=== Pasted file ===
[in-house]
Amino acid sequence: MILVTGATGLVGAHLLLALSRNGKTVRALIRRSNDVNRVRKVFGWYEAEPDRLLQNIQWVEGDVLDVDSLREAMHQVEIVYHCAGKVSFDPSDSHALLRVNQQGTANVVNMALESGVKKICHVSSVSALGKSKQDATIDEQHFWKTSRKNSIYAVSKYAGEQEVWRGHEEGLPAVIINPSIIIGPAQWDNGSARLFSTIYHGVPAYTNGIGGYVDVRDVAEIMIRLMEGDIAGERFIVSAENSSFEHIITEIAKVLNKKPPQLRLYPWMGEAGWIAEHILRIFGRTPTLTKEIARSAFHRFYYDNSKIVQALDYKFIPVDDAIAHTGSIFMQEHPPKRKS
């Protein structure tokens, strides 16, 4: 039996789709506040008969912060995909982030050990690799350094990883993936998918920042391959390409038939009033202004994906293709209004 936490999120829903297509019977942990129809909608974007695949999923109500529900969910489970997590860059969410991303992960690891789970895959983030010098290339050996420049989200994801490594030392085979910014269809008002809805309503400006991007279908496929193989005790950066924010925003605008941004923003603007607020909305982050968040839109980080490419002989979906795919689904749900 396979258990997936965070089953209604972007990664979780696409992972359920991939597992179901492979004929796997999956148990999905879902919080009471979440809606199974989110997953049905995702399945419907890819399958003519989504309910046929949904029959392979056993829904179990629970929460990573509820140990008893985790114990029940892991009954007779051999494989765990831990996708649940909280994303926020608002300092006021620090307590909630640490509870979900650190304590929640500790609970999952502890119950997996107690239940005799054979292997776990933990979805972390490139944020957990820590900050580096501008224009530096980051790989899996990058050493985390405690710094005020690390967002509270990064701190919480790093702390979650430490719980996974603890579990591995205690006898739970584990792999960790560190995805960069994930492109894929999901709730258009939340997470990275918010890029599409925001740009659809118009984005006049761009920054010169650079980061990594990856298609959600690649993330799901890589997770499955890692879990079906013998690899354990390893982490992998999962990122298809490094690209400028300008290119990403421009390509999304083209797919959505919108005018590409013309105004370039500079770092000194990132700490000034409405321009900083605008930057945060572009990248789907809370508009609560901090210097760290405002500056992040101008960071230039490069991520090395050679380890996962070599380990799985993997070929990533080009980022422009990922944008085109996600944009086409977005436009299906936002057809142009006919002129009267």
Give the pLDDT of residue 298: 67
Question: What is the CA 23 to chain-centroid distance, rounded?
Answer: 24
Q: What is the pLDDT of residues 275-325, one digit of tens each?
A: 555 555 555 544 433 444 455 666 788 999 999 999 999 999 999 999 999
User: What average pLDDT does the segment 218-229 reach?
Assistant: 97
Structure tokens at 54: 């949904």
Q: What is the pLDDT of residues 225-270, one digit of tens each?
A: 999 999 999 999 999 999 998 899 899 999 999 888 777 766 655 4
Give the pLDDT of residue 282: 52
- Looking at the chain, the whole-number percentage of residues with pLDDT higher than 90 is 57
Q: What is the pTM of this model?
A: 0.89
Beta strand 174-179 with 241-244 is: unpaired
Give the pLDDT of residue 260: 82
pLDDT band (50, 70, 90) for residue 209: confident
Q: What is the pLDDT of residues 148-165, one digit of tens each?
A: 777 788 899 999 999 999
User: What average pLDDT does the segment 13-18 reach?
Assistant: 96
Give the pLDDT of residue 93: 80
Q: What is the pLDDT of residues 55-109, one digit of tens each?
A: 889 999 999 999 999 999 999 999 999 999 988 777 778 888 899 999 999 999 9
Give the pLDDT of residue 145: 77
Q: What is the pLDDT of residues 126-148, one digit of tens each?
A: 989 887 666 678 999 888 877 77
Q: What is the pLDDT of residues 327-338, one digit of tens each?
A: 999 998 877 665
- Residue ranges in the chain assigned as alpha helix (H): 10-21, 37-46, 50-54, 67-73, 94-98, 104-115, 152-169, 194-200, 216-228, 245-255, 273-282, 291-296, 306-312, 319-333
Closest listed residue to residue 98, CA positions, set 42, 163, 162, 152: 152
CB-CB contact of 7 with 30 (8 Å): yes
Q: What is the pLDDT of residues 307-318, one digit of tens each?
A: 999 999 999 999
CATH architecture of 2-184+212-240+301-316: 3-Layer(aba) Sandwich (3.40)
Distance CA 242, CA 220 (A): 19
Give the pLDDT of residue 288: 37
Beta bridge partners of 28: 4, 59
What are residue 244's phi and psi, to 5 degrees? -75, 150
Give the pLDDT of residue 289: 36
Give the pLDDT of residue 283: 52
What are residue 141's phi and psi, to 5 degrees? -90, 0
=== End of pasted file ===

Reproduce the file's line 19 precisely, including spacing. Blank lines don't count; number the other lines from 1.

Give the pLDDT of residue 260: 82